Pete, I completely agree about stricter design standards. I messaged Mayor Holt about this and I interpreted his response as not very supportive but take that with a grain of salt and message him for yourself to get his stance on it. We also should have city wide design review. I don’t know if most cities have that but I would support it.

OKC is one of the only cities I notice that has so many ugly buildings surrounding the interstate and I-35 is particularly bad about this. Maybe I’m just harsh on OKC because I’m biased.

stile99
01-11-2019, 09:13 AM
The landscaping is just another example of the "suburban" design that makes it inappropriate for this location


Great to see trees but this should be standard on all of their properties.

Make up your damn minds. This is part of the problem with OKC. A bunch of people on this side of the room yell for more trees, a bunch of people on the other side of the room yell for fewer trees. The city patiently listens to both sides and then does whatever the heck they want, because 'the people' clearly don't know what they want.

Plutonic Panda
01-11-2019, 09:24 AM
Make up your damn minds. This is part of the problem with OKC. A bunch of people on this side of the room yell for more trees, a bunch of people on the other side of the room yell for fewer trees. The city patiently listens to both sides and then does whatever the heck they want, because 'the people' clearly don't know what they want.What am I unclear about? I said I’m glad to see more trees.

Urban design: trees and/or landscaping go in between the sidewalk and the road.

Suburban design: trees and/or landscaping goes in between the building and the sidewalk.

In urban design the sidewalk should be right up against the building with landscaping acting as a buffer between it and the street. Suburban layouts are complete opposite. You can still have trees and good urban design. In fact a good tree canopy arguably enhances urban life and reduces urban heat island effect or whatever it’s called.

In fact, I believe my statement advocates for more trees in the city as I said it should be the standard for all of their stores.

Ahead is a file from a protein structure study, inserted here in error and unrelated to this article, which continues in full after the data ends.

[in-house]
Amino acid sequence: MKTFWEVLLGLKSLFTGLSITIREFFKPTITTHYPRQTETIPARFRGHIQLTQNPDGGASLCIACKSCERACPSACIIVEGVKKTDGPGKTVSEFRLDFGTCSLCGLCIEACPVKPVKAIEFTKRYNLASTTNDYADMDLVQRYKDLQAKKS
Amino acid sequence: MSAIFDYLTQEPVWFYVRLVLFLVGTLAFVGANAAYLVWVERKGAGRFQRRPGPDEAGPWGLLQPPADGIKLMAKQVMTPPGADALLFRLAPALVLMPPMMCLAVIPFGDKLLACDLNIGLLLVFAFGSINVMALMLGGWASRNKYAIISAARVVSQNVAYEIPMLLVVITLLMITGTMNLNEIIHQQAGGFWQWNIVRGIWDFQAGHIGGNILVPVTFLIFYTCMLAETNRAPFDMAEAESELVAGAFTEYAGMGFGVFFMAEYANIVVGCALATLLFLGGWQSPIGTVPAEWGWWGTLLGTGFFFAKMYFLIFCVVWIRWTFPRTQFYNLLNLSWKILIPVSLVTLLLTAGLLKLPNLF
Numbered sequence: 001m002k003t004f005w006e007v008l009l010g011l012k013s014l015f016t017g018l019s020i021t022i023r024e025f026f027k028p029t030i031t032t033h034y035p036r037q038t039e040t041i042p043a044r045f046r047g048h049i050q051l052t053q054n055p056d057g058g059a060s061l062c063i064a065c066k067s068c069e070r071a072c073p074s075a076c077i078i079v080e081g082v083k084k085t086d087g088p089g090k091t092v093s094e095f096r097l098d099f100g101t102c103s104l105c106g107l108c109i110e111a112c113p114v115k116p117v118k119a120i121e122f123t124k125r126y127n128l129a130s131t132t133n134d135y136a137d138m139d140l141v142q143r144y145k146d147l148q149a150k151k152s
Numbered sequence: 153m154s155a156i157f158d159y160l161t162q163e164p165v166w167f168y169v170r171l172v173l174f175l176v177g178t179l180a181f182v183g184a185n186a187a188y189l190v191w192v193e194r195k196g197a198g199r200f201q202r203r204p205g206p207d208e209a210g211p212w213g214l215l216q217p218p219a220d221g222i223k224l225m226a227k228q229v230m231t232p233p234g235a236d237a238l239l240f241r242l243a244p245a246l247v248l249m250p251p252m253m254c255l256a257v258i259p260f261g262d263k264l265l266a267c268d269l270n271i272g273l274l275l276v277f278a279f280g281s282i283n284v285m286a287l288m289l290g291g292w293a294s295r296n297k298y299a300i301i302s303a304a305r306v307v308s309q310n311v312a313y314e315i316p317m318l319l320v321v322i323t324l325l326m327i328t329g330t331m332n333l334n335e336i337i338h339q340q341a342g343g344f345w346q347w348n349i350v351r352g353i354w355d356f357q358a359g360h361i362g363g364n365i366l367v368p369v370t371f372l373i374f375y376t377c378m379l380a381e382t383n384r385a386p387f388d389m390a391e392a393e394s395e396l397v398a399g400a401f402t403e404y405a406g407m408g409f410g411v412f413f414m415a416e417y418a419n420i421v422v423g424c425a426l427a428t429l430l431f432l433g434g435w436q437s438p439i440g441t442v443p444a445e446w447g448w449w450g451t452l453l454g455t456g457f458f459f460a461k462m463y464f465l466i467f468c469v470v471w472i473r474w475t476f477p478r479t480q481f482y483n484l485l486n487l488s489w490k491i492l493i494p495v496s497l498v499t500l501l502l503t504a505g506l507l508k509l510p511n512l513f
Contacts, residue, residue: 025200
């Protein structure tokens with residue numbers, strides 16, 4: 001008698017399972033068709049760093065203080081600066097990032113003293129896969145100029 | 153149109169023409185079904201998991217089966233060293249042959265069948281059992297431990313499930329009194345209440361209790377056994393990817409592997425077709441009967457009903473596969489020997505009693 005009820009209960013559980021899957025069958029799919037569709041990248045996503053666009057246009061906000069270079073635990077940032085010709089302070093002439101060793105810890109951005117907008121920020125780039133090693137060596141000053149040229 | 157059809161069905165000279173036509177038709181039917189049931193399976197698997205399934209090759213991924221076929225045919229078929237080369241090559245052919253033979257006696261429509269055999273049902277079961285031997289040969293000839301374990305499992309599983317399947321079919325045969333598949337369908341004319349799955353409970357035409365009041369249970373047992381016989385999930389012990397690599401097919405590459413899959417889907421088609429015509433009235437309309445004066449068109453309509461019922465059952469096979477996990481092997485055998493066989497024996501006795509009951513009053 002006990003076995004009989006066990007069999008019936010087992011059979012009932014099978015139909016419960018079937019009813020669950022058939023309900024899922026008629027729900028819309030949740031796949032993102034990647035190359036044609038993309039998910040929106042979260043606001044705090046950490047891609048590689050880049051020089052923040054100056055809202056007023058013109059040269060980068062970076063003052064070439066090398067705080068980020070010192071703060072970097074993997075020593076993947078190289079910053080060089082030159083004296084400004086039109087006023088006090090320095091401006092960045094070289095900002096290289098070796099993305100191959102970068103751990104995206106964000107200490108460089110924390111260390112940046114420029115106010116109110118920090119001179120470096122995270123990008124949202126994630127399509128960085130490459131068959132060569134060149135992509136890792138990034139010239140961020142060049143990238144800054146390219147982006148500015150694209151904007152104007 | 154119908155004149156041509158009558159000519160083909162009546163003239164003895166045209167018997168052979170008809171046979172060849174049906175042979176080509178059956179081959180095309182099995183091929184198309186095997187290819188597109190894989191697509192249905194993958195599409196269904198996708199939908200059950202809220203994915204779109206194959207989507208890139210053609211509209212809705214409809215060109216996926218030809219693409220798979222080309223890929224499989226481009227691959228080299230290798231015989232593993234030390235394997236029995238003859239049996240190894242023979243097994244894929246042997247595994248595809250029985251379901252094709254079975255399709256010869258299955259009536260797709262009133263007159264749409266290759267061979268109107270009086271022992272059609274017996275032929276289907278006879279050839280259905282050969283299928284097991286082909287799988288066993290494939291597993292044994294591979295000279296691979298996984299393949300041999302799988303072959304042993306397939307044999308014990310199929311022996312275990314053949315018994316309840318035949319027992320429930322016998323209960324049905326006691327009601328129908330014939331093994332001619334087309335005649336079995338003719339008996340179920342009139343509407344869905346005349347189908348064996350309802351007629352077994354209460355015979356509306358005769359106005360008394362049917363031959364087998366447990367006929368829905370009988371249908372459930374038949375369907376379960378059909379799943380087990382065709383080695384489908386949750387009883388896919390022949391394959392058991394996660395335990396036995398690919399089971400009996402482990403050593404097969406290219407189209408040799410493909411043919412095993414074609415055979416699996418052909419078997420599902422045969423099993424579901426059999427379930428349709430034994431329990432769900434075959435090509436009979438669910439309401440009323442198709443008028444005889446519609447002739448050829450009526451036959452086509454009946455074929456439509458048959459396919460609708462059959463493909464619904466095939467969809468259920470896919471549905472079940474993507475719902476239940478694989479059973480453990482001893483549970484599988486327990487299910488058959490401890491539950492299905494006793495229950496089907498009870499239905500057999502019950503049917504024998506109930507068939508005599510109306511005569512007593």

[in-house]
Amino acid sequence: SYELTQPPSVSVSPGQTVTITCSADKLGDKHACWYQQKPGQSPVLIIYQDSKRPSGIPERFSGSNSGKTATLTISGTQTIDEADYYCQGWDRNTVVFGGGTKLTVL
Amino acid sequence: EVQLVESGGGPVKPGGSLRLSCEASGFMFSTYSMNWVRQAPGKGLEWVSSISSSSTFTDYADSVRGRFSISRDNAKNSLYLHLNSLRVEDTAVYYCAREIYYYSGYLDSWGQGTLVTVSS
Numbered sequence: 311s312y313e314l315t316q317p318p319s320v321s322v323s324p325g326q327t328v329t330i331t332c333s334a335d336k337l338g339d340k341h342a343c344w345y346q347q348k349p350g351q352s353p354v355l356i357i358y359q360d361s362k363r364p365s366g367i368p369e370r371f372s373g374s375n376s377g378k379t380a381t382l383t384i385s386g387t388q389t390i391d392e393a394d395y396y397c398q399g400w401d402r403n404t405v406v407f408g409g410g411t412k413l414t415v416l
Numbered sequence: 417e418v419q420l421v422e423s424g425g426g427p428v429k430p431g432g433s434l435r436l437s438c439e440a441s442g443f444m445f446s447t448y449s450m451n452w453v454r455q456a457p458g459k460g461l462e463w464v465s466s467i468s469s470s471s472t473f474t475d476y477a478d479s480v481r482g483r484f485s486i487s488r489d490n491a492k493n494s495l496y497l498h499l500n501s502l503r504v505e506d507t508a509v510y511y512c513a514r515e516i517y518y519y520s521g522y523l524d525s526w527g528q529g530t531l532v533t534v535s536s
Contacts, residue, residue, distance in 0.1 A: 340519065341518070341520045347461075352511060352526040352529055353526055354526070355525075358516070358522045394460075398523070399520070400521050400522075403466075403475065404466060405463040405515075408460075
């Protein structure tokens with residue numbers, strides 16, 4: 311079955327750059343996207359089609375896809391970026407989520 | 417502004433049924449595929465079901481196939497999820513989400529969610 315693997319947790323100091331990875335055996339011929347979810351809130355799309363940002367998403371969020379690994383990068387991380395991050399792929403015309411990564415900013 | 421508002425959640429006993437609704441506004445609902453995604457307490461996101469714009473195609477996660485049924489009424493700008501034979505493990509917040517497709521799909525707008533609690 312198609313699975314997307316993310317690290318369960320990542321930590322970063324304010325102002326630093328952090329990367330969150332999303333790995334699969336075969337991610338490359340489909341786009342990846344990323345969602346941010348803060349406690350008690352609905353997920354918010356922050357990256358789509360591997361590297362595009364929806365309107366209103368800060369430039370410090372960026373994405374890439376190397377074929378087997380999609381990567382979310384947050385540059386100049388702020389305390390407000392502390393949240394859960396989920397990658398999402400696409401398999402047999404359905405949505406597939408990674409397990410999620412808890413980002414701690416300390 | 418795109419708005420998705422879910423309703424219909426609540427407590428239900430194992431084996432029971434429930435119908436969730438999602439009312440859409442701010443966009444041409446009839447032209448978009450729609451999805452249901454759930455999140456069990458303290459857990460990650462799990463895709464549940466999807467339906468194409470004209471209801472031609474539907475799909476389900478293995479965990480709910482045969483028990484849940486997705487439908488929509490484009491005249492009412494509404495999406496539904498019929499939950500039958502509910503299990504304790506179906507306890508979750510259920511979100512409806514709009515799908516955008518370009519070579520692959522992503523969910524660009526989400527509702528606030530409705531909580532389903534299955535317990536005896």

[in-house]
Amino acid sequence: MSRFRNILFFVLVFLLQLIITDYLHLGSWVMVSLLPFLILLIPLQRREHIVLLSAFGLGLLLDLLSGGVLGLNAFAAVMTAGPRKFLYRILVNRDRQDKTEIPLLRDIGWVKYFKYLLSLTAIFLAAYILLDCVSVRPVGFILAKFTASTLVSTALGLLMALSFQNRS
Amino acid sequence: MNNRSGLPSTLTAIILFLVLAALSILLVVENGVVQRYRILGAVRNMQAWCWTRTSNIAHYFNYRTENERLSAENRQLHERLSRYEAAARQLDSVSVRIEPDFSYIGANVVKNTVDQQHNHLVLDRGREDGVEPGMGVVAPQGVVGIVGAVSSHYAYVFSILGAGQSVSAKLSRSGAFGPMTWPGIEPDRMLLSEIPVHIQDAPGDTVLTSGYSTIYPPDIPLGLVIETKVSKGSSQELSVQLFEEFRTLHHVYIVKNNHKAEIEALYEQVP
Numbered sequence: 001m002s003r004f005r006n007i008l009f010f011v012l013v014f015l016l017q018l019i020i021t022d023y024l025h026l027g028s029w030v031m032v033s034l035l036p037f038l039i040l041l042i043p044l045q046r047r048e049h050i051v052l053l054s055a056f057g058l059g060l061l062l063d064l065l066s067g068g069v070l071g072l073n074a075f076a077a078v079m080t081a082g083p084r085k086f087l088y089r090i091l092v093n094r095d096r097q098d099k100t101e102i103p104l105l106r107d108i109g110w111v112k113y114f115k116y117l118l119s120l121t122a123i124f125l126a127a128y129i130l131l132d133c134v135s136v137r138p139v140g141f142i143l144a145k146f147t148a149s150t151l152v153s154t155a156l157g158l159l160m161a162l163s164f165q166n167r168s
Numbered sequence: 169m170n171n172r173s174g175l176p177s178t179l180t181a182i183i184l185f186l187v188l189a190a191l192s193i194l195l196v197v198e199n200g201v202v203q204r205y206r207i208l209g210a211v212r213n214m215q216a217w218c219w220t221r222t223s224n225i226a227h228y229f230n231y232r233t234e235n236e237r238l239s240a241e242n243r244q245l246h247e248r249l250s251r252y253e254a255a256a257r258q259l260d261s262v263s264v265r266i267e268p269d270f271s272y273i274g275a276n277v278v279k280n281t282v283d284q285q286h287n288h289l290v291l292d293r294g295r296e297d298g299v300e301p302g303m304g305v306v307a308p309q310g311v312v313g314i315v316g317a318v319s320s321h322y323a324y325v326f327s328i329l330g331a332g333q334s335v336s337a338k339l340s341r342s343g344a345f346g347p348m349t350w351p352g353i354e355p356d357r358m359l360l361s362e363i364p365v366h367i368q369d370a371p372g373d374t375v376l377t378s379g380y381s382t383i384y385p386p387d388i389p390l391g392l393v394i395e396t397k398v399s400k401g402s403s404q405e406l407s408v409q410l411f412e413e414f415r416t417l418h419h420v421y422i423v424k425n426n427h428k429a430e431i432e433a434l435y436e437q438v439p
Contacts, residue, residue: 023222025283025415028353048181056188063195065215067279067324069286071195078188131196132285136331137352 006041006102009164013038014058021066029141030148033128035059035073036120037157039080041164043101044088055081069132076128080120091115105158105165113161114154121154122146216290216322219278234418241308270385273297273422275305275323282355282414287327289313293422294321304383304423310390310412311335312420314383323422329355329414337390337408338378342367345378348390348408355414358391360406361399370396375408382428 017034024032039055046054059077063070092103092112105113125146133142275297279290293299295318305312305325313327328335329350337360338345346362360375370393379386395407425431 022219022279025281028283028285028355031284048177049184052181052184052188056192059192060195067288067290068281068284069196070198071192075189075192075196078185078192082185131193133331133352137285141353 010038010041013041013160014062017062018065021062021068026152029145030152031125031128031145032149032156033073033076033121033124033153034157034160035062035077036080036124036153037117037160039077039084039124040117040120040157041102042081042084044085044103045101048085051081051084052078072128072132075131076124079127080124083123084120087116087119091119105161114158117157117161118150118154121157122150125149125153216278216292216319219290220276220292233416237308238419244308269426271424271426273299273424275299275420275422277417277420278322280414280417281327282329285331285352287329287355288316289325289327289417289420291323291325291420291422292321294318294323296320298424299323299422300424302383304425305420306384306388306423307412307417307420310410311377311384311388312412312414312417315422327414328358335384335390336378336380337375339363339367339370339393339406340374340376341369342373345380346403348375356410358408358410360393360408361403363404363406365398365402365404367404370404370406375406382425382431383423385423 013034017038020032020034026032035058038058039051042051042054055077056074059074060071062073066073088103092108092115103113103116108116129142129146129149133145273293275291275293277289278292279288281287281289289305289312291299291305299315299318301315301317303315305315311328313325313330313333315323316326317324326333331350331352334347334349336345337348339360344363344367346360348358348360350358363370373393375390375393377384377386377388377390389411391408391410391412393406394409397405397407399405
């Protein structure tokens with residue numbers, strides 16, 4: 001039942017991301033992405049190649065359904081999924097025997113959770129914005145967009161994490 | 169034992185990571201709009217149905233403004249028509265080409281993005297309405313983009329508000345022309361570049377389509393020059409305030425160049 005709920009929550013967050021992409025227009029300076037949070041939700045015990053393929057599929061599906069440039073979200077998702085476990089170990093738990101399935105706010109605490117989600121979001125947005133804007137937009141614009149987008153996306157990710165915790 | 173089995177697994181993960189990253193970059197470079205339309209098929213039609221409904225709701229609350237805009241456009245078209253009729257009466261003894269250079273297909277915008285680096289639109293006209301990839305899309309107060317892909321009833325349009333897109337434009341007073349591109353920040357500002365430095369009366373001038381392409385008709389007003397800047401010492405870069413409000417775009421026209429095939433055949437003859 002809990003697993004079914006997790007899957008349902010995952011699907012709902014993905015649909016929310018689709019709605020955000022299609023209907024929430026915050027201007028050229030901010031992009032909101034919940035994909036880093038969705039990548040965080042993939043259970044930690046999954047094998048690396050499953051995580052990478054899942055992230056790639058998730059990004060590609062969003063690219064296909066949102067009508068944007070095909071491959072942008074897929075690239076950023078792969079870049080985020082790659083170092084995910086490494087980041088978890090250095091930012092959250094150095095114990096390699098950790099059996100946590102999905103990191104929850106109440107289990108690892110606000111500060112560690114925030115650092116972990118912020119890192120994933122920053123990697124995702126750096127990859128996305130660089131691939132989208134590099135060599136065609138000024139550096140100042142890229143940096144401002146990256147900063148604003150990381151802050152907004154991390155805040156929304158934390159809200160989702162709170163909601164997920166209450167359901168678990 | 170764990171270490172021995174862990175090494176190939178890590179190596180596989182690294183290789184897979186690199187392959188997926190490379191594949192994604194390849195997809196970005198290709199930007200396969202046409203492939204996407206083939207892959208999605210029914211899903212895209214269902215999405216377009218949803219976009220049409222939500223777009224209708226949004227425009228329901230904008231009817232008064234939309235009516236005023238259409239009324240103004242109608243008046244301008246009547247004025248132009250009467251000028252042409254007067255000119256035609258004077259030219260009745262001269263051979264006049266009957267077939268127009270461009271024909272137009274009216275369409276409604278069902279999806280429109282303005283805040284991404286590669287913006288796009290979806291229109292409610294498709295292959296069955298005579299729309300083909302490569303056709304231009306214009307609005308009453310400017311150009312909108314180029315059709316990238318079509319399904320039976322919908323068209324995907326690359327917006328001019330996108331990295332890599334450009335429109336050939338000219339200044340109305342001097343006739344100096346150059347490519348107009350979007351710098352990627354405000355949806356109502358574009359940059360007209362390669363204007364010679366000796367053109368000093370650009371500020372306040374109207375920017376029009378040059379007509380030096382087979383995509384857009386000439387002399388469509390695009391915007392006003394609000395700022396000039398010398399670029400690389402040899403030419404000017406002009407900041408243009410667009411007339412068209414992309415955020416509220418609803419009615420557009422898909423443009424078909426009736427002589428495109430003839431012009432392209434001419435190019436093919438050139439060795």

stile99
01-11-2019, 11:09 AM
What am I unclear about? I said I’m glad to see more trees.

Read the other message quoted.

Plutonic Panda
01-11-2019, 11:24 AM
^^^ I can’t speak for the other poster, but regardless it is good to have differing opinions. It usually leads to balance which is a good thing.

Dob Hooligan
01-11-2019, 05:46 PM
I do not like trees between the street and sidewalk for the following: They block the view of traffic and this is a runoff from a 4 lane section line road, with a 40 MPH speed limit. Years after planting the trees grow to where their roots and base rise up to where they buckle the sidewalk and/or the curb.


An interesting quote from the NewsOK article was from Planning Commissioner Michael Hensley, who stated that he had voted against the first OnCue application at NW Expressway and Wilshire 8 years ago, which he now regrets. "Experience has shown that similar development in my neighborhood has been a benefit...they improved the intersection..."

Plutonic Panda
01-11-2019, 05:51 PM
I do not like trees between the street and sidewalk for the following: They block the view of traffic and this is a runoff from a 4 lane section line road, with a 40 MPH speed limit. Years after planting the trees grow to where their roots and base rise up to where they buckle the sidewalk and/or the curb.


An interesting quote from the NewsOK article was from Planning Commissioner Michael Hensley, who stated that he had voted against the first OnCue application at NW Expressway and Wilshire 8 years ago, which he now regrets. "Experience has shown that similar development in my neighborhood has been a benefit...they improved the intersection..."
It might come to a shock for many on here but this is where I would advocate for a lower speed limit. Good urban design is good urban design no matter which way you put it in placing landscaping in between the building in the sidewalk is bad urban design. You can still design a sidewalk that directly Pushes up against the street and still have trees planted on it With minimal sight line disruptions.